European regulations in the field of autonomous (independent) authorities define the neutrality of experts on two levels: towards the political power and the actors whose relations the authority has the power to regulate. They are not concerned with the neutrality of experts over the various scientific doctrines that claim to objectively explain the social reality they have as an object. It is this neutrality that should give them the status of experts to those who make up the autonomous authorities and base their neutrality on the upstream of political autonomy and social actors. The first problem is how we define an expert, the second is how we define the status, and only the third is how we choose it to be part of an autonomous authority. But the current legal systems are not very concerned about the first issue. The criteria for defining experts are rather incantations than guarantees. I will only exemplify the solutions in the Romanian laws, saying that the problem is general, being present in all European systems. Thus, experts who may be members of the Competition Council "must have real independence", enjoy a "high professional reputation and civic probity", give "proof of high professional competence in the field of competition "and" have a minimum of 10 years' experience in economic or legal activities".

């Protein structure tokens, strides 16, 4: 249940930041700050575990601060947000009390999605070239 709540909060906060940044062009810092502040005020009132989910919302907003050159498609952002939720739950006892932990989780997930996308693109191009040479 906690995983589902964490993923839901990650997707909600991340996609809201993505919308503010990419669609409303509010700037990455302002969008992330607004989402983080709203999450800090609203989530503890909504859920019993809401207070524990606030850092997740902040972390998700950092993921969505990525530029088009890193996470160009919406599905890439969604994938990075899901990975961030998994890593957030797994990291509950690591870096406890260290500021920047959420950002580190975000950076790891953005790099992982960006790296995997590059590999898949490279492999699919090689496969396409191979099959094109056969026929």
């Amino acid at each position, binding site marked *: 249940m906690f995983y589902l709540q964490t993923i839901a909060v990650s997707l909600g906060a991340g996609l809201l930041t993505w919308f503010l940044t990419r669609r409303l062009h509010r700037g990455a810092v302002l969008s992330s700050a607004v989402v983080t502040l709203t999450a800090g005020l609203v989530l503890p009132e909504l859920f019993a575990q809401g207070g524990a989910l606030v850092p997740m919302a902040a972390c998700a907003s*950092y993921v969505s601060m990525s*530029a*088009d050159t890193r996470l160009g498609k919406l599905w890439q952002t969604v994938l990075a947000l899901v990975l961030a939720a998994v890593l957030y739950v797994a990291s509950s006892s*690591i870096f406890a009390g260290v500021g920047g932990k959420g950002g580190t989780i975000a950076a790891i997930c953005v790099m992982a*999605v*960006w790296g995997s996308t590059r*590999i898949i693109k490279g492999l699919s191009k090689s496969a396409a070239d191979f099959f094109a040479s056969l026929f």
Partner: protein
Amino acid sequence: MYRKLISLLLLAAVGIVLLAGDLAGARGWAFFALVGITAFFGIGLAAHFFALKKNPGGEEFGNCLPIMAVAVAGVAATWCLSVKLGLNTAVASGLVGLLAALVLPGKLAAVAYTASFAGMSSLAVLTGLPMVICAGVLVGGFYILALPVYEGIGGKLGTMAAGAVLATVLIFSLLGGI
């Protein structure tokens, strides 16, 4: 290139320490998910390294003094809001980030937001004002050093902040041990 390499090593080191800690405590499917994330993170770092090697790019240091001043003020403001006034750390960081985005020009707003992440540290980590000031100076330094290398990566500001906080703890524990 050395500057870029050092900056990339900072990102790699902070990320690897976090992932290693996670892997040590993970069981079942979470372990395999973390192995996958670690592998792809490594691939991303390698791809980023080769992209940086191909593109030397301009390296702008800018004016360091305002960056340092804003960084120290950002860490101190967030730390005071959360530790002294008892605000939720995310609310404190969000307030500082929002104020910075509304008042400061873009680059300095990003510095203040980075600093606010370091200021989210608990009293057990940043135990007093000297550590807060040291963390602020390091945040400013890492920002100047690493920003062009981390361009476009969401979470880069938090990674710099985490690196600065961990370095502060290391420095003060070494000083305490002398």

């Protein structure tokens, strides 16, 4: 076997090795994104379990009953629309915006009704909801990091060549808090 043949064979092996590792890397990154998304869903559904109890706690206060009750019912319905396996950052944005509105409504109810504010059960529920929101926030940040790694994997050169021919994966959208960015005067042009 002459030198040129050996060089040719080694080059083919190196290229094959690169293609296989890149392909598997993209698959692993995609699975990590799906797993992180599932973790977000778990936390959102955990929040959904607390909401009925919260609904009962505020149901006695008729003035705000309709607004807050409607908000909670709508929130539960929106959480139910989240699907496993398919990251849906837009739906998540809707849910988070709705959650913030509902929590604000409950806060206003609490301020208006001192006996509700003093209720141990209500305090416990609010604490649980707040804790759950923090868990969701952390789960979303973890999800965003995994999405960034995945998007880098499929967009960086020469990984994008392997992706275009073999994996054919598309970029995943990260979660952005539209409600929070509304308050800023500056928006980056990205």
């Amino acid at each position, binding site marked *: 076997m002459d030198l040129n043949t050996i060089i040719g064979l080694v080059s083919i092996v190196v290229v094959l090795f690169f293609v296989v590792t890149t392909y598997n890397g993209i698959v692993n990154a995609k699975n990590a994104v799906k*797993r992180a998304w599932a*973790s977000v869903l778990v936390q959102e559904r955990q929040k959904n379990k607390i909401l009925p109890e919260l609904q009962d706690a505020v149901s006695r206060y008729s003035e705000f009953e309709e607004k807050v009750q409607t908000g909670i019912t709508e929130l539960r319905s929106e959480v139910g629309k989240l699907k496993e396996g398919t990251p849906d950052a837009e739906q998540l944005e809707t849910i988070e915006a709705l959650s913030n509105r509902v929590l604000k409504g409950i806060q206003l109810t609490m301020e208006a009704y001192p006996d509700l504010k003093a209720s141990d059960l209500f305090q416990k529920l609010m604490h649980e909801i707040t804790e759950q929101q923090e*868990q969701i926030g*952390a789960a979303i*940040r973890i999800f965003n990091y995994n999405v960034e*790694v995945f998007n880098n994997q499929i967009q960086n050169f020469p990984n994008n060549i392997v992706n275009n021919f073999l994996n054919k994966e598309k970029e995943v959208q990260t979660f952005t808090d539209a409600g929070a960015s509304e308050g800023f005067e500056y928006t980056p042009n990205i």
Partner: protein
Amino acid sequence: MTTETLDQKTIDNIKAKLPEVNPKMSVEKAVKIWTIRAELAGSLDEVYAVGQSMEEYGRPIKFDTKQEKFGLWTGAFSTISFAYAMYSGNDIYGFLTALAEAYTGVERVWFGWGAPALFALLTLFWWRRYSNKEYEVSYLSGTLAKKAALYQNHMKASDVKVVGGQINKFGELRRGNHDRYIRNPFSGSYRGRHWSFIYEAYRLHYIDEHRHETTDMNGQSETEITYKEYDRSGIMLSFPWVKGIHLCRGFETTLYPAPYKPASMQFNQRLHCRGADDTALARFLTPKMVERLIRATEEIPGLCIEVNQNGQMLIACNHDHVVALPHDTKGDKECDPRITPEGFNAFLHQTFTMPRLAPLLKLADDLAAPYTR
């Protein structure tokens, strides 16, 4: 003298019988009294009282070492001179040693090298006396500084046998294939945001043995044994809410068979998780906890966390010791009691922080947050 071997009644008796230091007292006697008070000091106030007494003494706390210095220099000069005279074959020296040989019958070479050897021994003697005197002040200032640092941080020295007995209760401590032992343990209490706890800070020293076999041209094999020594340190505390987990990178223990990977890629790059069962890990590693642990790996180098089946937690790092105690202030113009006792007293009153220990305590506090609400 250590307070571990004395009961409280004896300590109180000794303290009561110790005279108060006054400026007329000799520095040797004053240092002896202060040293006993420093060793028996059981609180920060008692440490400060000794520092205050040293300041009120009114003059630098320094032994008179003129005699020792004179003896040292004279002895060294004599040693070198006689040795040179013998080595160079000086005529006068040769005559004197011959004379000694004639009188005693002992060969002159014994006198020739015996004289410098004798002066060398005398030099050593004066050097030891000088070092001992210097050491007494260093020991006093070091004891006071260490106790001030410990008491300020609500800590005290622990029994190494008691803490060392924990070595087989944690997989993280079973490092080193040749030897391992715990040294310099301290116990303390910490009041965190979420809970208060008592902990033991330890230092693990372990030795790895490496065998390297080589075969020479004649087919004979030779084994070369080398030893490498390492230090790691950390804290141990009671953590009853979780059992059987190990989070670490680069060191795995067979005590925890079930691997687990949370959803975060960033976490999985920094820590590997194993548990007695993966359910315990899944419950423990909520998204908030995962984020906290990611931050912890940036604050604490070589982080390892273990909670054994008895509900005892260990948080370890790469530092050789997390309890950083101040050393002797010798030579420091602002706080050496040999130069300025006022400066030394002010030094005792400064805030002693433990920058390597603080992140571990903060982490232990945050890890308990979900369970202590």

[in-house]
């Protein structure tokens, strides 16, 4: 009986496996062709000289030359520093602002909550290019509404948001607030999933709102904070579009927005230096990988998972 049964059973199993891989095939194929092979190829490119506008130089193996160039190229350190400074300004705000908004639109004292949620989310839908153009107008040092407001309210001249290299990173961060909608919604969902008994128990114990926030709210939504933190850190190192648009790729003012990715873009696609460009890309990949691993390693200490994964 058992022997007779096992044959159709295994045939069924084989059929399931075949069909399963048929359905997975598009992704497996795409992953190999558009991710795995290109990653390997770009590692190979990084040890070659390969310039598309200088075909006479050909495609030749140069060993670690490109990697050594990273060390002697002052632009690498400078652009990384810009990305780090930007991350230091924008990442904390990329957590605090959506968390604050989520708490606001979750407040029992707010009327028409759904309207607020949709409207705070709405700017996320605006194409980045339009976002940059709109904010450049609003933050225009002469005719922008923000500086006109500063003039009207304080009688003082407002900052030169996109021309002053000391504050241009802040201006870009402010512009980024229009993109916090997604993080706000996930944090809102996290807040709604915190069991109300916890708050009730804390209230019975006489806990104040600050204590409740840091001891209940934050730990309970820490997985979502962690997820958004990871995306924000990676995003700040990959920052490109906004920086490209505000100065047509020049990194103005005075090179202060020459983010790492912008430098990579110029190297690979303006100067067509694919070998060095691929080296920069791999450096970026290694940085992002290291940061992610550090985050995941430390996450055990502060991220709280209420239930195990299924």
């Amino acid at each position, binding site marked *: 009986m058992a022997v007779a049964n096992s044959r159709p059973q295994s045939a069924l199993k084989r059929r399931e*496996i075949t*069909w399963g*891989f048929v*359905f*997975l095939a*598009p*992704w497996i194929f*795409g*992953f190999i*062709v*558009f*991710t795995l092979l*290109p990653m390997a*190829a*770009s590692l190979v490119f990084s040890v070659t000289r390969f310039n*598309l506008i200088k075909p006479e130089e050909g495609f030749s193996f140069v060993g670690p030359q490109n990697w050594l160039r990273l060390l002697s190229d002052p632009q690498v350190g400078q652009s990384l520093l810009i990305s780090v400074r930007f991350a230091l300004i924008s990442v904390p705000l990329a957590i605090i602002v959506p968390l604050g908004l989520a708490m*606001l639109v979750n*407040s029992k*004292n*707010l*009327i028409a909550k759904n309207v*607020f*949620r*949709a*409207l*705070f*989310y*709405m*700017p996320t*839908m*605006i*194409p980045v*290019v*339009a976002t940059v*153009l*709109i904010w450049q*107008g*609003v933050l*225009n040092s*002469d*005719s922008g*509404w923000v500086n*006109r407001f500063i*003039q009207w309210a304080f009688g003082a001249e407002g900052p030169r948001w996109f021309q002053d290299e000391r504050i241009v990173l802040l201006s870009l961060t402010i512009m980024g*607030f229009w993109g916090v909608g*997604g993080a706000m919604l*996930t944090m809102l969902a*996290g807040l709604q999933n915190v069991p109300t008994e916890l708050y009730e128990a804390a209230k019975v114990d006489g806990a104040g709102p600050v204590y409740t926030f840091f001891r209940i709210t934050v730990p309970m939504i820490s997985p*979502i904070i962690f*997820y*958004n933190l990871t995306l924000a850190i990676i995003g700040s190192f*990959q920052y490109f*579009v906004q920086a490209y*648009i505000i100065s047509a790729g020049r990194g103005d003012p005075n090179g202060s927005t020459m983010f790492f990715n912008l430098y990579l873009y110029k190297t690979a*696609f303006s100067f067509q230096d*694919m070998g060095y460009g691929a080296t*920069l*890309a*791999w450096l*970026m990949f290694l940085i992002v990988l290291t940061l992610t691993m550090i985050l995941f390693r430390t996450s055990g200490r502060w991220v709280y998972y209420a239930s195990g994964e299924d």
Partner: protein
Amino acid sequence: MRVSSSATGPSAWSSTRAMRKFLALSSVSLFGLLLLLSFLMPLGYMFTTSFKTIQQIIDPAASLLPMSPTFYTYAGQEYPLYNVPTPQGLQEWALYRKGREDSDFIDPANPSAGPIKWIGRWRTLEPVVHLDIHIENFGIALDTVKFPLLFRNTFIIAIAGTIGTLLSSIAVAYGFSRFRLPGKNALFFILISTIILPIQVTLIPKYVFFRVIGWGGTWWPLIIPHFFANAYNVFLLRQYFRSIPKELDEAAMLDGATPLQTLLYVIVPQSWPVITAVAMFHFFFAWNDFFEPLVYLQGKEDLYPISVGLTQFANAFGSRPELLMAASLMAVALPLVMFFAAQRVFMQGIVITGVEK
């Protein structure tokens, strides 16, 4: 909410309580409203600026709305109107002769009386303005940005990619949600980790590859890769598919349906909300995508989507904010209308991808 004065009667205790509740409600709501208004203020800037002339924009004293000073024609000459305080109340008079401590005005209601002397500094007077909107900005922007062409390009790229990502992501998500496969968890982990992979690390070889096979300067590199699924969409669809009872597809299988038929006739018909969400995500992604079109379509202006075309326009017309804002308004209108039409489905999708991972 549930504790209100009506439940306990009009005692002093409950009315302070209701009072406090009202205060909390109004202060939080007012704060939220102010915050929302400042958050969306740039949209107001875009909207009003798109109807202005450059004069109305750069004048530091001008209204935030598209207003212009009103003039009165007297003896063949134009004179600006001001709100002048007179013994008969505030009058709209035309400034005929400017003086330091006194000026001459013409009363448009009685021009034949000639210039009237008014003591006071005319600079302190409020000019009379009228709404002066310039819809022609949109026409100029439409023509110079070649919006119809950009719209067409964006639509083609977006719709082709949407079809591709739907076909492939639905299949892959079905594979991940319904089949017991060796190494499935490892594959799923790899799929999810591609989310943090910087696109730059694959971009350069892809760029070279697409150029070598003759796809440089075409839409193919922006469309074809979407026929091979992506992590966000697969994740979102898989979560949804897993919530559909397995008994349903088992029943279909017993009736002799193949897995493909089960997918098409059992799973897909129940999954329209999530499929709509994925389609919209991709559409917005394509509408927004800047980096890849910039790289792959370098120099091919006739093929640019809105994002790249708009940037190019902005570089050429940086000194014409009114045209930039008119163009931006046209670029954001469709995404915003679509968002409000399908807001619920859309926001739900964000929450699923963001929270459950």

The President of the Council "must have fulfilled a managerial function with wide responsibilities, in which he has demonstrated his professional and managerial competence" (Art. 15 of the Competition Law no. 21/1996, republished, Off. J. no. 153/2016). The President and Vice-President of the National Integrity Agency are appointed following a competition to which candidates who have "higher juridical or economic studies certified under the law" can participate (Art. 13 (2) e from Law no. 144/2007, republished, Off. J no. 535/2009). This is the only proof of expertise required. It is true that it is a contest, but the expertise cannot really be proved by a written test and an interview. In order to be a member of the National Securities Commission, the qualities that were required were: experience and technical qualification in the supervision of the financial sector (Art. 3 (21) from Statute of the National Securities Commission, Off. J. no. 226/2002), a good reputation and professional training in the economic or legal field and a minimum of 5 years' experience in the financial sector ((Art. 4(3) from Statute of the National Securities Commission, Off. J. no. 226/2002).